Payment practices report
November 2020: sectors practice credit caution amid 2021 optimism
Survey results for Austria
The Atradius Payment Practices Barometer is an annual survey that assesses business payment behaviour throughout the world. The survey explores a range of topics including payment terms, payment delays, credit sales and DSO (Days Sales Outstanding).
The survey provides us with the opportunity to hear directly from businesses and, this year, gives us insight into how businesses are coping with the COVID-19 pandemic and global recession.
In this report, you will find the survey results for Belgium.
Atradius Country Director for Belgium commented on the report
Actions taken by the Belgian government including a temporary freeze on insolvency proceedings and social assistance measures will have had a positive impact on many businesses following the start of the pandemic.
These actions may also be behind some of the more positive responses seen in the survey concerning customer creditworthiness and the economy next year.
Although nearly half of businesses in Belgium plan to expand their credit insurance programmes next year, many businesses reported they intend to rely on self-insurance. The level of risk this may carry will in part depend on how long the pandemic continues and how long the government will keep support packages in place.
Businesses practise caution in approach to trade credit Although almost half of businesses in Belgium offer trade credit, the majority cap payment terms at a maximum of 30 days and have not increased this since the start of the pandemic.
Despite restrictions on terms, late payments surge The total value of overdue invoices increased from 26% last year to 47% following the onset of the pandemic. This represents an 81% year-on-year increase.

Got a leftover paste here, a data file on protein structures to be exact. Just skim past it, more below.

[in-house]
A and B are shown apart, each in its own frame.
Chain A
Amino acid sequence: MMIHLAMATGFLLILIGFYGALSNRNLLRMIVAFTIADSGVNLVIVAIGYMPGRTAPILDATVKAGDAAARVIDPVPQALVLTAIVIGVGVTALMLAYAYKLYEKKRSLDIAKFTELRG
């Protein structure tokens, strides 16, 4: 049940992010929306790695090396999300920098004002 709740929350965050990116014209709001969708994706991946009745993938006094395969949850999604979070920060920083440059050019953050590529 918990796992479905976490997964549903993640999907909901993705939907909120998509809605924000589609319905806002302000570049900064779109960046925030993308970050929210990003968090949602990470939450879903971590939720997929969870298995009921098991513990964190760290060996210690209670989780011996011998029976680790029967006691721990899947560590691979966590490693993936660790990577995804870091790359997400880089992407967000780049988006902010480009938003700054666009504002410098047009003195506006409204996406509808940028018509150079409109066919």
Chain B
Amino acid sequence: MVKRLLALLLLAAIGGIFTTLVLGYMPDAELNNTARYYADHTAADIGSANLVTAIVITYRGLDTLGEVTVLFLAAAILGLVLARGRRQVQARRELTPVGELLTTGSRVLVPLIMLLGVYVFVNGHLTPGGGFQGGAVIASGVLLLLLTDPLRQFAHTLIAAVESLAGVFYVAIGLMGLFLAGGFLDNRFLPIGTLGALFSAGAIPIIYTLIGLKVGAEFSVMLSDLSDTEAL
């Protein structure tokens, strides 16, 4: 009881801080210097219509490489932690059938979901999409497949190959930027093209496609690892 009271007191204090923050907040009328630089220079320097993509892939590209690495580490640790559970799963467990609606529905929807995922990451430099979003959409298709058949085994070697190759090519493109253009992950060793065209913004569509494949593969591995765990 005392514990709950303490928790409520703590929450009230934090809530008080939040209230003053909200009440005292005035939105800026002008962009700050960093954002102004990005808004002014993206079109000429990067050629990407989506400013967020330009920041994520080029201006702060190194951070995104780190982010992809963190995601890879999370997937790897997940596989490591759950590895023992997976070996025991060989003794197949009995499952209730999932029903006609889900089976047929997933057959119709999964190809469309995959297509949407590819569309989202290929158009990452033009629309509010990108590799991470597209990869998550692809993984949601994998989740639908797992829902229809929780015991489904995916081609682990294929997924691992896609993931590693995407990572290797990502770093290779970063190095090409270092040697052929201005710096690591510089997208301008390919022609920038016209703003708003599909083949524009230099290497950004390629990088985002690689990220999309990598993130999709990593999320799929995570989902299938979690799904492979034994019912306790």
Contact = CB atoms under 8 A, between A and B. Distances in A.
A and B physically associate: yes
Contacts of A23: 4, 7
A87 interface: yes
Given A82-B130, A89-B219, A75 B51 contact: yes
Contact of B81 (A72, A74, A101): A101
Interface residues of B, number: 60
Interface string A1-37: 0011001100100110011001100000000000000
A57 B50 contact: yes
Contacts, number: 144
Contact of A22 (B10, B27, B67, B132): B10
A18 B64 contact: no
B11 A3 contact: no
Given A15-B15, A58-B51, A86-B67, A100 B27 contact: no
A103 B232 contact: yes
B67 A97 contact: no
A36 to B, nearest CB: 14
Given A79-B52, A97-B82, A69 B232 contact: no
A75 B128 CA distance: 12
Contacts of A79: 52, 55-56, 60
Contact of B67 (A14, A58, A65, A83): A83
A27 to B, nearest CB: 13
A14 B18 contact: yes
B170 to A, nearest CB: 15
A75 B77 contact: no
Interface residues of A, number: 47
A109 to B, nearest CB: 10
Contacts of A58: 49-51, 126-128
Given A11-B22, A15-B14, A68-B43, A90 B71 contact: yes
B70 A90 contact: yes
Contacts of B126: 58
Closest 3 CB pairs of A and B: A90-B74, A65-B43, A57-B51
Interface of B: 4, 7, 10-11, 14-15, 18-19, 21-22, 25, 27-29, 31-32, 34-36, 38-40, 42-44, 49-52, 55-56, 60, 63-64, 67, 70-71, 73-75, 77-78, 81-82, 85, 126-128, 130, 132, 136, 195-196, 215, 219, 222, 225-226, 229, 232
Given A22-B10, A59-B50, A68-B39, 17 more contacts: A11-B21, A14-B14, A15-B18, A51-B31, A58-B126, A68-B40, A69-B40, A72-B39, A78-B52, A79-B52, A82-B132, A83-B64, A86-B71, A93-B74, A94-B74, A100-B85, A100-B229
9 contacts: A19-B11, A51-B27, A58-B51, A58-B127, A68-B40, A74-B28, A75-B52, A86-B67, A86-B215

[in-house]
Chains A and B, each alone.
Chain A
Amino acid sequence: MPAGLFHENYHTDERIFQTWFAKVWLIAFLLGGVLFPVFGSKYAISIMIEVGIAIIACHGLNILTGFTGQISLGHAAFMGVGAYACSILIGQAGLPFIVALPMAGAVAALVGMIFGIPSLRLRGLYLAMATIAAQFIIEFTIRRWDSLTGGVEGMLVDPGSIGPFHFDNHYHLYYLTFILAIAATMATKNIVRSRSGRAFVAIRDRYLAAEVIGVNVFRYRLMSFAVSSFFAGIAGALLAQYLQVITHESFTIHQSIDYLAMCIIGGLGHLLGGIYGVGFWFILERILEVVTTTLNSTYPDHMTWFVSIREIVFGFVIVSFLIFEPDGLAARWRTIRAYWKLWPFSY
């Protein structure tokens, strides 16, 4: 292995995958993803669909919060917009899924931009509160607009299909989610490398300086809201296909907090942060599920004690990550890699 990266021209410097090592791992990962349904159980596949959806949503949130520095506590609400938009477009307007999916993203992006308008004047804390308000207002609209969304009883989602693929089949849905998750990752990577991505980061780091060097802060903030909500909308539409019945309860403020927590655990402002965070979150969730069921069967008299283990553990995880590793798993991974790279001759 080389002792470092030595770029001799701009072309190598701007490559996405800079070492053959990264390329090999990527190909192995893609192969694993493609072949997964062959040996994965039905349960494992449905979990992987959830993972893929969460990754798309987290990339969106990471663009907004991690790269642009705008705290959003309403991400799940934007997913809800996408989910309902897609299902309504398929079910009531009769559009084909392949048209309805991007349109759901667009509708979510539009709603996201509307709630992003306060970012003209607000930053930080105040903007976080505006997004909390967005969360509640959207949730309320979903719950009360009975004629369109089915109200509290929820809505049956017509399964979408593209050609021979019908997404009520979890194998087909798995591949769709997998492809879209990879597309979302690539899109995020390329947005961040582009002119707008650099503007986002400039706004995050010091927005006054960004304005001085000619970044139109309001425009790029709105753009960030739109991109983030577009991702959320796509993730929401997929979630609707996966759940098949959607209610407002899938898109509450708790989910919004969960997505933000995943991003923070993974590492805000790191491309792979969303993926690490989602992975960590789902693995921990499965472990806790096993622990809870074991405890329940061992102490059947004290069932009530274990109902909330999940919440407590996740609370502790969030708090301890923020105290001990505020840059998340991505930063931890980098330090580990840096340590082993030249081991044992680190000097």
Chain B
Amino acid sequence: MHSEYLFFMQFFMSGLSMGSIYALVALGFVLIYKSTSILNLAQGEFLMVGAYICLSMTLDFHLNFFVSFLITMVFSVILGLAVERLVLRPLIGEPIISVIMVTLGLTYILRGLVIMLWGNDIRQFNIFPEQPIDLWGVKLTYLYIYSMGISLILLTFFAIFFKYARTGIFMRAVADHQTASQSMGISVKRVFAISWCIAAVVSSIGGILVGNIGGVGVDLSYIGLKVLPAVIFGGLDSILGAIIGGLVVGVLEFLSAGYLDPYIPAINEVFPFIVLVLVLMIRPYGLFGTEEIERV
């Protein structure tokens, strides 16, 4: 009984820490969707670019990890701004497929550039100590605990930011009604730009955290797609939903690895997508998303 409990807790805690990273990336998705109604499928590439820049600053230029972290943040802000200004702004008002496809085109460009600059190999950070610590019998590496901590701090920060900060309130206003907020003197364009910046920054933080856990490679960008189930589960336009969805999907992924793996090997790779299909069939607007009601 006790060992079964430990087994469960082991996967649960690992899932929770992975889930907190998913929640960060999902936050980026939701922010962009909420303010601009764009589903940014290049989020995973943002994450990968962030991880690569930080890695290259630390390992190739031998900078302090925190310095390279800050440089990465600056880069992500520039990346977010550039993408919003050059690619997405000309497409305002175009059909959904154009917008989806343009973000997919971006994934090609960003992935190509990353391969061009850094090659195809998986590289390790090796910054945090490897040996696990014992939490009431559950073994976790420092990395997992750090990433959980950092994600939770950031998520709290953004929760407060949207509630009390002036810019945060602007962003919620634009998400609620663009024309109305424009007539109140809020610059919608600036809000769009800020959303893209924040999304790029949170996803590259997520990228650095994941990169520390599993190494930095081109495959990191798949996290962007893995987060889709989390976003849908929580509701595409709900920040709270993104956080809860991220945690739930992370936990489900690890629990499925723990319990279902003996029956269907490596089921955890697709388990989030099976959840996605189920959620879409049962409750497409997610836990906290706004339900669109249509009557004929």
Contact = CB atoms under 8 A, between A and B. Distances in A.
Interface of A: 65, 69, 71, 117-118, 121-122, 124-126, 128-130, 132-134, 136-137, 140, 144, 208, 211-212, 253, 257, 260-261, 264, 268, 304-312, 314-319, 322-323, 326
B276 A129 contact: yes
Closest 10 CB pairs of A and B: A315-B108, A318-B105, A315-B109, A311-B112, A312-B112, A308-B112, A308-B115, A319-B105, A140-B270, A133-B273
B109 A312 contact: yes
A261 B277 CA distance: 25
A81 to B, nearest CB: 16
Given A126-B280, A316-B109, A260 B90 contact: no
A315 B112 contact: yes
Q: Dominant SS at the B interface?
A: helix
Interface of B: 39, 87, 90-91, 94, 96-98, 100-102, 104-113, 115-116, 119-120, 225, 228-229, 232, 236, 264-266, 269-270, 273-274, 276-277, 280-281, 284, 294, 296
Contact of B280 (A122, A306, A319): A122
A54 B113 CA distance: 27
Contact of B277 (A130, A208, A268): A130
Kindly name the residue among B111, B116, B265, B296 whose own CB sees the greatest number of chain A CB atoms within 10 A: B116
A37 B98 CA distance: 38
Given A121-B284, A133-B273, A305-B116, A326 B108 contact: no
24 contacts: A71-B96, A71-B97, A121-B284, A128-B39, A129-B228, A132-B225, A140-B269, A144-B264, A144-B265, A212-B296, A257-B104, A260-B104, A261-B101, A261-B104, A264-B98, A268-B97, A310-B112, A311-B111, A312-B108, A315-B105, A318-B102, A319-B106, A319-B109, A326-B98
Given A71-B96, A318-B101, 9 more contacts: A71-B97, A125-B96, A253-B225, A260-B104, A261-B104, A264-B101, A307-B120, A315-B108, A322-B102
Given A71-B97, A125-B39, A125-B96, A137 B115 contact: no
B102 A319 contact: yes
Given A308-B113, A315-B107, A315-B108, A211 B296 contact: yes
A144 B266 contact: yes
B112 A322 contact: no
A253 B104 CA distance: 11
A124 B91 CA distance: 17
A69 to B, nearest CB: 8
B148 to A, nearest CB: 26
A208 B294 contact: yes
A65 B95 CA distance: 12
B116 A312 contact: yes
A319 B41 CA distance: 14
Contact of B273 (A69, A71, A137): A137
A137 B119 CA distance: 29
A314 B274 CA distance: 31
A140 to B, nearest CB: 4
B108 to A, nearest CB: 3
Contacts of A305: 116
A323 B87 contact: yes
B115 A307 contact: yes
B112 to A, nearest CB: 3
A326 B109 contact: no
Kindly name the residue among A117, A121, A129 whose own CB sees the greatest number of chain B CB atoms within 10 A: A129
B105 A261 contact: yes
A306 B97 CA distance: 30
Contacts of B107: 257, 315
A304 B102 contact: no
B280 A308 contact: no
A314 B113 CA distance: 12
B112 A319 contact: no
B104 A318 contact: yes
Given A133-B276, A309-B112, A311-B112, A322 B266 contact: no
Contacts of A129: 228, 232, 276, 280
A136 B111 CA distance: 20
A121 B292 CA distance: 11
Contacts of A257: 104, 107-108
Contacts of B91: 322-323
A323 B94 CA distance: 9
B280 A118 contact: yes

Supplier-customer communication grows during new approach to credit checks After the start of the pandemic, 42% of businesses began sourcing credit information directly from their customers more often than in the past (more than the regional average of 38%).
Businesses feel positive about customer creditworthiness, domestic and global economies Despite the uncertainties of the pandemic more businesses expressed optimism than pessimism about the outlook for their customers’ creditworthiness, domestic and global economies and international trade in 2021.
Just under half of businesses concerned about cost containment 48% of businesses in Belgium predict the greatest threat to business profitability in 2021 will be cost containment.
Signs of economic stress visible, although business confidence remains fairly strong
The Belgian economy was not in the strongest position when the pandemic took hold. It has been experiencing a slow down over the past few years and was relying on domestic demand to be the primary growth driver. With lock-downs and orders to stay at home, businesses in every area were affected although some, such as the construction industry, were hit harder than others. For example, following the onset of the pandemic, late payments impacted 63% of the total value of B2B invoices in Belgium’s construction industry and represented a dramatic increase from last year’s 23%.
The story is not entirely negative, however. Despite retail bearing the brunt of the downturn in many markets, the consumer durables sector in Belgium has to date been weathering the economic crisis fairly well.
Although the industry reported a large increase in late payments, businesses managed to keep DSO fairly under control at a 35-day average, much lower than the regional average of 61 days.
This year’s Payment Practices Barometer Survey took place after the pandemic had hit. Benchmarking the results and comparing them to last year’s have given us a valuable insight into how businesses are coping with the virus and with the downturn that followed. Looking ahead, the progression of the pandemic over the next six months will be critical for businesses. The majority of those polled in Belgium expressed confidence about domestic and economic growth next year.